Allegheny General Hospital Neurosurgeon

September 30, 2007 -- Dr. Raymond Sekula is a neurosurgeon at Allegheny General Hospital in Pittsburgh. Dr. Sekula has treated many Chiari patients and has published on the subject. When he approached Conquer Chiari saying he wanted to help our cause, we of course took him up on his offer.

As a first step, we put Dr. Sekula In The Spotlight...

About how many Chiari patients do you see each year?
I see more than 150 patients referred with "Chiari malformation" each year.

Surveys have shown there is a lack of agreement in the surgical community on when surgery is required, what is your criteria for recommending surgery?
There is a lack of agreement in the neurosurgical community because many surgeons are uncomfortable with Chiari malformation. Ignorance in this area persists. In time, surgeons will acknowledge the heterogeneity of complaints referable to Chiari malformation and begin to treat patients rather than imaging studies.

Approximately what percent of patients that you evaluate end up having surgery?
Approximately 50%.

There is also a great deal of variation among surgeons regarding the specifics of the Chiari surgery, how would you describe your standard surgery?
I believe that there are multiple procedures appropriate for patients with Chiari I malformation. Some may do well with bony reduction only while others may do well with tonsillar reduction alone. My standard surgery involves a one inch incision -within the hairline - with a small amount of bone removal (preventing later "cerebellar sag"), bilateral tonsillar reduction with or without a duraplasty.

What are the advantages of performing the surgery in this way?
Ease of postoperative recovery, better cosmetics, and I believe improved long-term outcomes.

How do you define a successful surgery, and what percent of patients with Chiari only (no syrinx) have a favorable outcome?
A successful surgery is one in which a patient obtains marked improvement in symptoms if symptomatic. If a patient is asymptomatic, radiographic improvement (ie. resolution of syrinx) is critical. More than 90% of patients without a syrinx will have improvement in their symptoms.

Can patients with a syrinx ever expect to be symptom free?
For patients with syringomyelia, resolution of symptoms can be expected if surgery is performed early in the course of the disease, for example a patient with a few years of symptoms.

What advice do you give patients on recovering from surgery, returning to work, etc.? Do you recommend physical therapy after decompression surgery?
My patients spend the night after surgery on the regular nursing floor, and I discharge them on the first or second morning following surgery. They can wash the hair and incision on the third postoperative morning. They may return to work in three weeks. I do not recommend physical therapy for fit individuals.

Many people are now describing Chiari as a problem with the size of the posterior fossa, do you agree with this? Do you think this applies to most/all Chiari patients or only a subset of cases?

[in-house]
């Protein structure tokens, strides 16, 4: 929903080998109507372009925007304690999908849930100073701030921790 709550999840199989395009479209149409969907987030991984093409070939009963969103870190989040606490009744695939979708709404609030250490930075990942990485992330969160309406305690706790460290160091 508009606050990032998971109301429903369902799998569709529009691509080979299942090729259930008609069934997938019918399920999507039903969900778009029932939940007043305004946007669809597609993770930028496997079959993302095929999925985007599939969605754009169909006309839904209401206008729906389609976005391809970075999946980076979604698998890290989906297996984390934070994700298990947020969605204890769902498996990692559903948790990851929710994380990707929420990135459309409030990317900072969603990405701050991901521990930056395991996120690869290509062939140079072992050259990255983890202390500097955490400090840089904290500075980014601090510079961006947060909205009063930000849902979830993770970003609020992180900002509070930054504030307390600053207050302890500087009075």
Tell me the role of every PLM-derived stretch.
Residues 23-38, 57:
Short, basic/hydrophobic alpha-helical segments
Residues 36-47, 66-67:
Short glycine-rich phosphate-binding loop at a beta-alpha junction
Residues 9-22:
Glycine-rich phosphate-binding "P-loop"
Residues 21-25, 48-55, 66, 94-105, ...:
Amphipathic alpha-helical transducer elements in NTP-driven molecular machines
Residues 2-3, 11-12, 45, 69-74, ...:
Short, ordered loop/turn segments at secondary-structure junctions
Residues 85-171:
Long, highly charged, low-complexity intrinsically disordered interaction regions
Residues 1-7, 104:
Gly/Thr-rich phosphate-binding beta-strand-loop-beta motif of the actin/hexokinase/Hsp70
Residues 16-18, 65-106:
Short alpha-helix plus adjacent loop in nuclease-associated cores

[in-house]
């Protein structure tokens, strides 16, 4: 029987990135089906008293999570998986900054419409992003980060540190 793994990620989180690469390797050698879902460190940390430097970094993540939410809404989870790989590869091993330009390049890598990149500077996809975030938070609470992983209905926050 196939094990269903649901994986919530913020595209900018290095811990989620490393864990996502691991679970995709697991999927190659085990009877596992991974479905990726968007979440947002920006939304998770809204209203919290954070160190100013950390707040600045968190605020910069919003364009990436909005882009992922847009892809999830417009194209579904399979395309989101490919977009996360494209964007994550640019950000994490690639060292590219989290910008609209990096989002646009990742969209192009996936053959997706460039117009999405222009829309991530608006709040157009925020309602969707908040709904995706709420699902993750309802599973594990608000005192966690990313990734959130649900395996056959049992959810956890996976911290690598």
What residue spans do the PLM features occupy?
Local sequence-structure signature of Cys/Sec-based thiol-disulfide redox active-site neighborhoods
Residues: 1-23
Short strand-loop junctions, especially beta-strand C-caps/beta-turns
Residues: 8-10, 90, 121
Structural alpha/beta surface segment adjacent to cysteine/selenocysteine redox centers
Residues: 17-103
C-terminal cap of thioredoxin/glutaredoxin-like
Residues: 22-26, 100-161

Marin-Padilla published an influential report in 1981 entitled "Morphogenesis of the experimentally induced Arnold-Chiari malformation." In that report, they induced a small posterior fossa with vitamin A and caused a Chiari malformation.

You published a paper which showed that patients with minimal herniation, but with Chiari-like symptoms, had similar skull dimensions to Chiari patients with larger tonsillar herniations. Do you think this validates the concept of Chiari 0?
Well, maybe. Jerry Oakes published an interesting paper entitled "Analysis of the posterior fossa in children with the Chiari 0 malformation" which indicated these patients have a smaller posterior fossa. In addition to only evaluating six patients, there were other shortcomings to the report, as there were with our morphometric paper.

Research has shown that the traditional definition of Chiari is not really that good, do you think Chiari should be redefined? If so, how?
Absolutely. Tonsillar descent is only one indicator of a posterior fossa problem. This will be resolved in the next decade and the key is morphometric analysis of the posterior fossa.

Why do you think some people develop syrinxes and others don't?
I cannot answer this.

The Piston Theory states that the movement of the cerebellar tonsils, as driven by the cardiac cycle, creates a pressure wave of CSF which forces the fluid into the spinal tissue to form a syrinx. Do you agree with this theory?
I like this theory, but it is a theory - this is one reason I feel it is necessary to perform a tonsillar reduction rather than a large duraplasty. I prefer to treat directly rather than indirectly.

Are you working on any research at this time that you can discuss?
Yes, I am working on posterior fossa morphometrics and outcome analysis.

How do you see Chiari surgery evolving over the next 5-10 years and do you think there will ever be a non-surgical alternative for treatment?
Although I am a surgeon, I would very much like to see a non-surgical alternative for Chiari I malformation. If Marin-Padillas' mesodermal underdevelopment theory is validated in the future, perhaps we can make a difference at the developmental stage during pregnancy as folic acid has for neural tube defects.